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Sauce Tartare

Sauce Tartare

Last week I was searching for a sauce to use with row vegetables – something tasty (not necessarily diet friendly) and easy to prepare.  Most important though, summer-safe – meaning without row eggs or other hazard ingredients. I still have Julia Child’s book “Mastering the Art of French Cooking” on my desktop, and that was it – she had the answer – sauce tartare!

The sauce belongs to the mayonnaise family, or in other words, it actually is a mayo made with hard-boiled eggs. Using both, yolks and egg whites, makes it lighter than the mayo, and it will keep in the refrigerator for up to 5 days. It’s perfect with row vegetables and can be used exactly like the mayo – in salad dressings and as a base for more elaborated sauces, or just to spoon it over boiled new potatoes.

The recipe will work better if you use freshly boiled eggs, before they cool completely. But even if you use some leftover hard-boiled eggs, and the sauce refuses to thicken, remember there is always a solution. Just warm a mixing bowl, dry it and beat together one teaspoon of the sauce with one teaspoon mustard until it thickens. Beat in the rest of the sauce by teaspoons, thickening each addition before adding the next one. This will work even if the ready sauce curdles after few hours in the refrigerator.

Sauce TartareMakes 400g / 1,5 – 1,8 cups sauce

Prep time: 10-15 minutes

Ingredients:

4 hard-boiled eggs
1½ – 2 tbsp Dijon mustard
200 – 230ml olive oil or vegetable oil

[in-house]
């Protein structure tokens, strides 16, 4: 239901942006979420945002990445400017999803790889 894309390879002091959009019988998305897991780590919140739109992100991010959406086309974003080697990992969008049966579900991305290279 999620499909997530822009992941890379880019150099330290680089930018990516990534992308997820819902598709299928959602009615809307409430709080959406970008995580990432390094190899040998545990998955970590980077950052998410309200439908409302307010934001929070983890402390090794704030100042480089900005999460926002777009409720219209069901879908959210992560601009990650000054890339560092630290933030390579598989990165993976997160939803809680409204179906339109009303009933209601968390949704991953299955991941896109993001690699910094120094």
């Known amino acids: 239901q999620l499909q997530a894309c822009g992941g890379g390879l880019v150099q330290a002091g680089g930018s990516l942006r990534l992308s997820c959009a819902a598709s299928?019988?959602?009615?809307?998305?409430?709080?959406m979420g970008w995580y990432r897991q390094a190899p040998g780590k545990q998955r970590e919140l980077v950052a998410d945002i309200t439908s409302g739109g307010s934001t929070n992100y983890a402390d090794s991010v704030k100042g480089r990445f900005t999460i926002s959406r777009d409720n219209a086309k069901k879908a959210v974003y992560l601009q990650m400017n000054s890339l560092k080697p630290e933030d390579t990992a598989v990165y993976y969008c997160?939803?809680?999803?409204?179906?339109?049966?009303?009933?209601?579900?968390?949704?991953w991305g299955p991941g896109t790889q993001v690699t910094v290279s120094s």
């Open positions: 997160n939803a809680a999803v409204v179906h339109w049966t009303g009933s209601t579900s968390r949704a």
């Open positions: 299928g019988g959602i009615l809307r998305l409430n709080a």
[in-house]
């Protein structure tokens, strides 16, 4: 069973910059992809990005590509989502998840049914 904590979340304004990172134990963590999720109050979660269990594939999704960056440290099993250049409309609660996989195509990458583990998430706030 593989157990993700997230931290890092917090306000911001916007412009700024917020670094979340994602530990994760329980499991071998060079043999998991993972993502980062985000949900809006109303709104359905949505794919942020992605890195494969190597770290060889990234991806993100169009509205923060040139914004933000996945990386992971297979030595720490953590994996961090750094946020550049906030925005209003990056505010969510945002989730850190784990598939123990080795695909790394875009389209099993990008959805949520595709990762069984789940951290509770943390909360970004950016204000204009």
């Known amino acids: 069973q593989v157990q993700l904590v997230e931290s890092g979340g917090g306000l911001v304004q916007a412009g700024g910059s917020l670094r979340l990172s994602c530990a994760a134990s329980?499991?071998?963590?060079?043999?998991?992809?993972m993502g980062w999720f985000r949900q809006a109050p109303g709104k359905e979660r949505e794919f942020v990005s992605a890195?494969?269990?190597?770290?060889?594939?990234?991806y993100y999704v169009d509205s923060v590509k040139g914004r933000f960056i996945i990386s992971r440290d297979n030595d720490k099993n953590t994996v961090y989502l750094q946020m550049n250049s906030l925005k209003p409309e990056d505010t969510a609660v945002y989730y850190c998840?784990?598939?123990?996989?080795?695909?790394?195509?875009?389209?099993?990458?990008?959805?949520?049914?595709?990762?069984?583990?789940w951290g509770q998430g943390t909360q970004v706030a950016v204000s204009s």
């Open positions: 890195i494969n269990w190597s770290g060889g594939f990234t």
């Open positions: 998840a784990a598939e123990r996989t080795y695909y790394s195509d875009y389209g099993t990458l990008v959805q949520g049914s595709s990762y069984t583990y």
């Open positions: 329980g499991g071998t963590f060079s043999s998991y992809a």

¼ tsp salt
1 tsp lemon juice

Optional:

3 – 4 tbsp chopped capers or sour pickles
2 – 4 tbsp fresh herbs like tarragon, chives or dill

Method:

Separate the egg whites from the egg yolks. Pound and mash the egg yolks in a mixing bowl with the salt and mustard or wiz these ingredients in an electric blender. The paste should be smooth and with no lumps in order to absorb the oil.

When your yolks are very smooth, with the mixer on high speed start pouring the oil in a thin stream, like when you prepare the regular mayonnaise.  Soon you’ll notice the sauce will start to thicken.

When the sauce is thick, add the lemon juice drop by drop with the mixer still on. This will thin down the sauce, so stop when it has the consistence you want.

You can also add the egg whites in the sauce – we prefer it that way, because it thickens even more and it gets lighter. Anyway – it is not necessary – the sauce will be thick as mayonnaise even without the egg whites. If you decide to use them, before adding them to the mix you need to make them into a smooth paste – I found it is not that difficult with a electric chopper, but according to Julia Child, it can be sieved also.  Add the egg white paste to the readymade Tartare before the lemon juice, blend on high speed and when the mixture is smooth and stiff, start pouring the lemon drop by drop.

If you use pickles or capers, chop them finely and extract their juices through a cheese cloth. Then beat them gradually to the sauce.

 

 

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